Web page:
Generations of over-ambition?
Owen Barder lists 21 people who have claimed over the last century that ours is the first generation that can eradicate poverty. In 1919 Woodrow Wilson declared that “For the first time in history the counsels of mankind are to be drawn together and concerted for the purpose of defending the rights and improving the conditions of working people”.
This month Eric Solheim, chair of the OECD Development Assistance Committee, became the latest: “We are the first generation in history with ability to eradicate extreme poverty from the planet. The great kings, caliphs and emperors of the past would not have known how to go about it or how to pay for it.”
Owen’s unspoken point seems to be [Some people] argue that they’re all wrong, that social planners with their grand designs have repeatedly failed to eradicate poverty so they should probably stop trying. People like Owen [Some people] argue that poverty reduction is probably better achieved from the bottom up, using markets instead of goal-setting.
[NB. Owen says in the comments that this isn’t his view, that we need to “will the means and the ends”. Very sensibly this implies that it’s not enough just to promote targets; we should also make mechanisms and funding available to achieve those goals. People like William Easterly are probably more typical critics of social planning and grand designs. Here’s some more anti-goalism.]
Hold on a minute. A century is a tiny droplet in the ocean of human history. Just because a few high-minded world leaders came up short of their ambitions in the last few decades doesn’t mean the world should abandon its worthy goal.
The range of figures Owen cites is striking: from British Prime Minister David Cameron, to Jim Kim, president of the World Bank, to Tony Blair, Nelson Mandela, the Heritage Foundation, Henry Kissinger and John F. Kennedy.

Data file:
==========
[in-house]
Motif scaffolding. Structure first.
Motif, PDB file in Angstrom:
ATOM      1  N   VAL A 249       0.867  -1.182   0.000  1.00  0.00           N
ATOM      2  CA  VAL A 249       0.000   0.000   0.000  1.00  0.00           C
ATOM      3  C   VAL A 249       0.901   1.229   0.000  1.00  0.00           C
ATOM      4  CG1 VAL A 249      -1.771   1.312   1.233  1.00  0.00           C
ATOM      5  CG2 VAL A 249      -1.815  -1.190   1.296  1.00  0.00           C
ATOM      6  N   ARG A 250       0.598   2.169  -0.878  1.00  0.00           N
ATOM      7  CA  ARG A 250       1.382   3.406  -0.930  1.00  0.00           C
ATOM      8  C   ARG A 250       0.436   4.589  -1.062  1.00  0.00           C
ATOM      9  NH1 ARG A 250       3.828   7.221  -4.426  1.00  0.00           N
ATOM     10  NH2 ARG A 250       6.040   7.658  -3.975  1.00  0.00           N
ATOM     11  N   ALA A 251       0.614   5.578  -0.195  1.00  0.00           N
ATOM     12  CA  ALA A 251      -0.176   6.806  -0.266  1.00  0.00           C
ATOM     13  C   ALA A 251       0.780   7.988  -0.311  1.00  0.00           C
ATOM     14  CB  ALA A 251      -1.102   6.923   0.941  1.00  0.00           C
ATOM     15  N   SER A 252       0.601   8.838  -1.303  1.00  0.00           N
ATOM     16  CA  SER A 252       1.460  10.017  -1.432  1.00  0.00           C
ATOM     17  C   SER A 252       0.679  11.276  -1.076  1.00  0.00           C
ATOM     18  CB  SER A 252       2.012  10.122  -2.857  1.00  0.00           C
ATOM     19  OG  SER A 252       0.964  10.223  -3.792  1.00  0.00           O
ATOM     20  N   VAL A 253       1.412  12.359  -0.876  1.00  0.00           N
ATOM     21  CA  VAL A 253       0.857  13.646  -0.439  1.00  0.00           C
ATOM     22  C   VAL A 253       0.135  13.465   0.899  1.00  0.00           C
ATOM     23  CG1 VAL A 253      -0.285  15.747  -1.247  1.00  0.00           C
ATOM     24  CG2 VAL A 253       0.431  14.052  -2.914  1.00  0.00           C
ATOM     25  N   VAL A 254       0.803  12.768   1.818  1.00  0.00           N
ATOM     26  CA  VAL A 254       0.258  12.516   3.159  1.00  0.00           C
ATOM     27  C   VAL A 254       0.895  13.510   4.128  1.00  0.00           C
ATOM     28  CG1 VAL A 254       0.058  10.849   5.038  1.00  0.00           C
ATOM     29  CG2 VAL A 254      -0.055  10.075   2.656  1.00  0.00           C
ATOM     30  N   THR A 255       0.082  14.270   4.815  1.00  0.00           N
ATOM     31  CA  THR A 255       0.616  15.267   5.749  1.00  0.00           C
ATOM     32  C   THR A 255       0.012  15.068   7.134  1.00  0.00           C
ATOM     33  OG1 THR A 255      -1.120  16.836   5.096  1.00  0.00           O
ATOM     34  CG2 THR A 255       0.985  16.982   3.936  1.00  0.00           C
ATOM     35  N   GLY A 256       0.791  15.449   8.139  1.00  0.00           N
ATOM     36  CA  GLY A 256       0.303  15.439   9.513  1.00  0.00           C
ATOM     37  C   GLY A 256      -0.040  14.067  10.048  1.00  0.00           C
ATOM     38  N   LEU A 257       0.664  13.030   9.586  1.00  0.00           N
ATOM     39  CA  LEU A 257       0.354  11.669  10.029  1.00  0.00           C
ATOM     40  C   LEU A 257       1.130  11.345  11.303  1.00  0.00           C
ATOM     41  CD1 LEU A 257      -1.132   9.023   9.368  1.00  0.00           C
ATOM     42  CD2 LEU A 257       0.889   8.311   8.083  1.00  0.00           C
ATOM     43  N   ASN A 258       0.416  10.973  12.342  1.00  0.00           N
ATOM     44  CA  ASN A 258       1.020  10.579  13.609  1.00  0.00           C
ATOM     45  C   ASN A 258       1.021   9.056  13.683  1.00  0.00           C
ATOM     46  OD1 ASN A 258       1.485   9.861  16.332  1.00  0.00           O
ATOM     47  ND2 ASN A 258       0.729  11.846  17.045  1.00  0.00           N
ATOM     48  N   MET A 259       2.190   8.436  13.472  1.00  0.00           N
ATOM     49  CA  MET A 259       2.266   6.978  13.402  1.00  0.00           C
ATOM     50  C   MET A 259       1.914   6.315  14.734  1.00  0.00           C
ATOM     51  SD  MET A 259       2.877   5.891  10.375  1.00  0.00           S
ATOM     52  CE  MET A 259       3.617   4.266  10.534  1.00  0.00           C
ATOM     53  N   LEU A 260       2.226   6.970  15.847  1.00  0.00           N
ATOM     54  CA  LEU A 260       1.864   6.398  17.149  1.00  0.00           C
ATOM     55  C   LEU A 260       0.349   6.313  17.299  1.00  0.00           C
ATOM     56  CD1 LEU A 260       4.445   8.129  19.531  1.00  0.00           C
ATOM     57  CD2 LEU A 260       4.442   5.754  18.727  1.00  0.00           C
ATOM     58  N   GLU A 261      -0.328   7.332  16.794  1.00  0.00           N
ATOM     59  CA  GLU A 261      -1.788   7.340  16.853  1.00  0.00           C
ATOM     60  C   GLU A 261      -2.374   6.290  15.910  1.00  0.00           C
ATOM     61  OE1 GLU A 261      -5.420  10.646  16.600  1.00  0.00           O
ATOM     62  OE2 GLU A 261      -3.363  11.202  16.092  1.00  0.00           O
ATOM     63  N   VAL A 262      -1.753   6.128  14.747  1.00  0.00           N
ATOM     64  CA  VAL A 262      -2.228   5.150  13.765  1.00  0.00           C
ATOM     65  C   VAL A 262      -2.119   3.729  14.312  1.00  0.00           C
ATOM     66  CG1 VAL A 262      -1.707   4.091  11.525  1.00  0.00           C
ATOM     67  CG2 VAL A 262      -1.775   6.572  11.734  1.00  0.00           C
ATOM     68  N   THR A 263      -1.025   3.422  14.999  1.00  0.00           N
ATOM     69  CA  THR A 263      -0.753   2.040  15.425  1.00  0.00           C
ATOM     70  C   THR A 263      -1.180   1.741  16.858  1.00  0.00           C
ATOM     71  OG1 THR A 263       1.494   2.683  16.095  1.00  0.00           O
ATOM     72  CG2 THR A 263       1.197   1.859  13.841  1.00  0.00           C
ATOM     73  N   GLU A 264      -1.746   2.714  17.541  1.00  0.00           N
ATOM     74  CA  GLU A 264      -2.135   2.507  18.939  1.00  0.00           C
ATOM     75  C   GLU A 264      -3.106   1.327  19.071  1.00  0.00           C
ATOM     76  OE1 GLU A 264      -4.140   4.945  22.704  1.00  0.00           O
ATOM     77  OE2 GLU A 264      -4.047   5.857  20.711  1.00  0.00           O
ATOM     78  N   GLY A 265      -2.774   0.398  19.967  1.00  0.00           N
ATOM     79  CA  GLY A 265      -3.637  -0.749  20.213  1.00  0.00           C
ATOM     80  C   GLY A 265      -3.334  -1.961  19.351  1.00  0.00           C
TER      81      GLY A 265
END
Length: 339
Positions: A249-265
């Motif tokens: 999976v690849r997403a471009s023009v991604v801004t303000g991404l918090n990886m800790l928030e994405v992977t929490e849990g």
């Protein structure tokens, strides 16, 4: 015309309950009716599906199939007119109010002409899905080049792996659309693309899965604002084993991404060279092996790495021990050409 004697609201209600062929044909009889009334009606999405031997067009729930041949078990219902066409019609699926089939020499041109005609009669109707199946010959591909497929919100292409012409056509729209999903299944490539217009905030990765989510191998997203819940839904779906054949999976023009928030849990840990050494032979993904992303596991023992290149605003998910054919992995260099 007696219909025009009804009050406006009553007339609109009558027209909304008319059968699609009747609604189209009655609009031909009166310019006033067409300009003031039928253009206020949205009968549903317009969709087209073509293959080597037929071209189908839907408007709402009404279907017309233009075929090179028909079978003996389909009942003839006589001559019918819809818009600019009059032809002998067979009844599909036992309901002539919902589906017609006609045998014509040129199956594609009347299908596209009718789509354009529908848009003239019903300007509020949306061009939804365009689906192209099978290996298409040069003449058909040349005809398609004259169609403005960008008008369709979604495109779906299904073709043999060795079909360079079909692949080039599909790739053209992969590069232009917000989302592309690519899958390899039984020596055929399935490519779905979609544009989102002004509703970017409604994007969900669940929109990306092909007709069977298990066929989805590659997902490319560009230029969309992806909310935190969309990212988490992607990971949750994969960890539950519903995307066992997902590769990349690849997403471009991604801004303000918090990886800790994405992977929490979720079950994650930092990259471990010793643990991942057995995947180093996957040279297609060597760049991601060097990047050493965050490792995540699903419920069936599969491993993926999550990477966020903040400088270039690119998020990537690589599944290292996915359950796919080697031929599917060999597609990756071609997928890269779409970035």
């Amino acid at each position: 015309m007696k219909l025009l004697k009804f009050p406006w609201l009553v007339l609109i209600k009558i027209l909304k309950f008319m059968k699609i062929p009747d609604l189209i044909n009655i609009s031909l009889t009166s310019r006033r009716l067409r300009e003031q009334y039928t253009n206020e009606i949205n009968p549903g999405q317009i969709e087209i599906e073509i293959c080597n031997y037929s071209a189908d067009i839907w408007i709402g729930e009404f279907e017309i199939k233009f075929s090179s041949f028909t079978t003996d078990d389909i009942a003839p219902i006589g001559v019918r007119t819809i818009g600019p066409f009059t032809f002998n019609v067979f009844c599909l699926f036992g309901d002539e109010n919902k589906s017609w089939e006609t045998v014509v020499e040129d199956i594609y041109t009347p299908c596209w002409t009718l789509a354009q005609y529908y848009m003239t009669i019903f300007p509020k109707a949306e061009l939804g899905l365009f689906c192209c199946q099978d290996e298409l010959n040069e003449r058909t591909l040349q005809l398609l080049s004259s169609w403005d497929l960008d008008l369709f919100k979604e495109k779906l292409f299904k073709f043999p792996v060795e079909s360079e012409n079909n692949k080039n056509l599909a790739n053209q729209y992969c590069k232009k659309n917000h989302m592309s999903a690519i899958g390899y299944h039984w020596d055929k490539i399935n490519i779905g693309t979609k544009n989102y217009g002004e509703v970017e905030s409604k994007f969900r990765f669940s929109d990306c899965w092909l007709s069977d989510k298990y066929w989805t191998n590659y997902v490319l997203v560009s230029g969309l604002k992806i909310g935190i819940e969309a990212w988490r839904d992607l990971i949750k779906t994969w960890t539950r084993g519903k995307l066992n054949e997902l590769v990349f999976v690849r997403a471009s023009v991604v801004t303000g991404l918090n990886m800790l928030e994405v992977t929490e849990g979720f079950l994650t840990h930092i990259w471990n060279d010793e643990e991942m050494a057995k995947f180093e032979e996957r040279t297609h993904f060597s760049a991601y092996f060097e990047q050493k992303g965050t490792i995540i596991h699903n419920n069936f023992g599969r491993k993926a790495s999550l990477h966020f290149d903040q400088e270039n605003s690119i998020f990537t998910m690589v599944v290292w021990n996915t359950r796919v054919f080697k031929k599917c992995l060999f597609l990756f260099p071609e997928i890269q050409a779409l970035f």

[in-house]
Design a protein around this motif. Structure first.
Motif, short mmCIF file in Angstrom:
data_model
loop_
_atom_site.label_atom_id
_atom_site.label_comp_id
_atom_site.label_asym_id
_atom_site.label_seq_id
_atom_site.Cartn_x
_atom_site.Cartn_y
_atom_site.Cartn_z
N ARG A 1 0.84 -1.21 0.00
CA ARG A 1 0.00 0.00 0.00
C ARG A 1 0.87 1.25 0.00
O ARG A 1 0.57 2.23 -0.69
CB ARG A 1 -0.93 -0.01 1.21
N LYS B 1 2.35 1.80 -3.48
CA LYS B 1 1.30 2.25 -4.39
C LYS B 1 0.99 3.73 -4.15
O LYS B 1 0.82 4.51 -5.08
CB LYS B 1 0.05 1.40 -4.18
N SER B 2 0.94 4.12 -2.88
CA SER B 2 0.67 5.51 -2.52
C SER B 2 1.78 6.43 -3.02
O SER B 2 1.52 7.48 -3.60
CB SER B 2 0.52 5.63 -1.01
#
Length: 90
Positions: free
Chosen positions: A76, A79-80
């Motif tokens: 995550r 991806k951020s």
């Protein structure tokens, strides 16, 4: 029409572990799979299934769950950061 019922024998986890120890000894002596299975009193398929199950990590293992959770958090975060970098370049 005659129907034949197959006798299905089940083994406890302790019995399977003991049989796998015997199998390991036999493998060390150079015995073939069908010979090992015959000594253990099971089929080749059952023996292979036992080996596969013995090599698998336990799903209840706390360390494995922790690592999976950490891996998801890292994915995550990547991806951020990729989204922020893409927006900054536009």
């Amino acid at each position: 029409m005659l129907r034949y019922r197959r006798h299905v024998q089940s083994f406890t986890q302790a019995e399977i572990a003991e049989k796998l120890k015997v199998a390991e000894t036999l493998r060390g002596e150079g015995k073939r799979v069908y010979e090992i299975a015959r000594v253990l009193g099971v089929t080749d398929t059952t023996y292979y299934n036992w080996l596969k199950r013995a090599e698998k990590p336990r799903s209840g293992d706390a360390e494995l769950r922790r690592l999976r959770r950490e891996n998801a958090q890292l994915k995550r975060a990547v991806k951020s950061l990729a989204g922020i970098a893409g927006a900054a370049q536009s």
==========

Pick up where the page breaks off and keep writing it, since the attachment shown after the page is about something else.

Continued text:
Surely the unanimity of their ambition means something? It’s encouraging that right-wing warmongers and deified leftists can agree not only on the desirability of reducing world poverty but also that they predict poverty’s demise. It must be about the only thing such a wide range of political figures agree on! Some of them must know — at least a little bit — what they’re talking about. And if it’s just rhetoric, the politicians are presumably responding to popular demand for social justice.
World poverty has tumbled dramatically in the last century. Without goals to aspire to, without leaders setting targets, surely poverty reduction would have been a lot less. In my mind it’s probably despite the increasing domination of markets that poverty’s fallen, not because of it. After all the Washington Consensus period of liberalisation has been widely condemned by poverty specialists, partly because it brought a fall in African per capita incomes during the 1980s.
Solheim’s half-right: the kings, caliphs and emperors not only wouldn’t have known how to eradicate or pay for the eradication of extreme poverty, they wouldn’t have wanted to. Slavery, destitution and unspeakable inequality were central to those pre-democratic societies. Ours is the first epoch in which ending poverty is seen as either desirable or possible.
In another context the historian Eric Hobsbawm in his autobiography cites a late 1980s play by an East German dramatist called The Knights of the Round Table:
“What is their future? wonders Lancelot. ‘The people outside don’t want to know any more about the grail and the round table… They no longer believe in our justice and our dream’… Does he himself still believe in the grail? ‘I don’t know,’ says Lancelot. ‘I can’t answer the question. I can’t say yes or no…’ No, they may never find the grail. But is not King Arthur right when he says that what is essential is not the grail but the quest for it? ‘If we give up on the grail, we give up on ourselves.’ “
“Only on ourselves?” asks Hobsbawm. “Can humanity live without the ideals of freedom and justice, or without those who devote their lives to them?”
Hobsbwam, E. (2005) Interesting Times: A Twentieth-Century Life, The New Press, New York: p.151